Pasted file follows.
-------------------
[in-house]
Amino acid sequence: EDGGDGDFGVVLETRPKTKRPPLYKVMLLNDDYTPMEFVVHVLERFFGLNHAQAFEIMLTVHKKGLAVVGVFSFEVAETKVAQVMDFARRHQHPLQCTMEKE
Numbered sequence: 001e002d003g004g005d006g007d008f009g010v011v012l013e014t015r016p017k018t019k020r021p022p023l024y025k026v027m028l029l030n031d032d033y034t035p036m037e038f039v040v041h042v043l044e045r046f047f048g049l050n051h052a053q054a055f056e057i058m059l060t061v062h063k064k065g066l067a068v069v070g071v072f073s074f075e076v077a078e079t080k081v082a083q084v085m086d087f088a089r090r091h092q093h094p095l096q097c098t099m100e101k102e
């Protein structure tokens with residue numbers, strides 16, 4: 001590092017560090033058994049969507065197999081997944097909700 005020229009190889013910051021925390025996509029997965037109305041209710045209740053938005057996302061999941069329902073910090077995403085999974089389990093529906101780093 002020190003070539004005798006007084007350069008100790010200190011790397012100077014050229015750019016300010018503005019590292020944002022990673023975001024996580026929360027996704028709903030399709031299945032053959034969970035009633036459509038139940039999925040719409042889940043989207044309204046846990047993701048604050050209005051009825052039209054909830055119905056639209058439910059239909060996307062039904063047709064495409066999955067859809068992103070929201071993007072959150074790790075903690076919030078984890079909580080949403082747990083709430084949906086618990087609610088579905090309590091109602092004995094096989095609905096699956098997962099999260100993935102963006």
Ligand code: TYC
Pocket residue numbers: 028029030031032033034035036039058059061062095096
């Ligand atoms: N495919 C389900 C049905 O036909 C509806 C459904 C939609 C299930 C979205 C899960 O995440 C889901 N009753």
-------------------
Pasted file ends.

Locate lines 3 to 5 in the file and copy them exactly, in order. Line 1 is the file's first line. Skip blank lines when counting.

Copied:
Numbered sequence: 001e002d003g004g005d006g007d008f009g010v011v012l013e014t015r016p017k018t019k020r021p022p023l024y025k026v027m028l029l030n031d032d033y034t035p036m037e038f039v040v041h042v043l044e045r046f047f048g049l050n051h052a053q054a055f056e057i058m059l060t061v062h063k064k065g066l067a068v069v070g071v072f073s074f075e076v077a078e079t080k081v082a083q084v085m086d087f088a089r090r091h092q093h094p095l096q097c098t099m100e101k102e
């Protein structure tokens with residue numbers, strides 16, 4: 001590092017560090033058994049969507065197999081997944097909700 005020229009190889013910051021925390025996509029997965037109305041209710045209740053938005057996302061999941069329902073910090077995403085999974089389990093529906101780093 002020190003070539004005798006007084007350069008100790010200190011790397012100077014050229015750019016300010018503005019590292020944002022990673023975001024996580026929360027996704028709903030399709031299945032053959034969970035009633036459509038139940039999925040719409042889940043989207044309204046846990047993701048604050050209005051009825052039209054909830055119905056639209058439910059239909060996307062039904063047709064495409066999955067859809068992103070929201071993007072959150074790790075903690076919030078984890079909580080949403082747990083709430084949906086618990087609610088579905090309590091109602092004995094096989095609905096699956098997962099999260100993935102963006």
Ligand code: TYC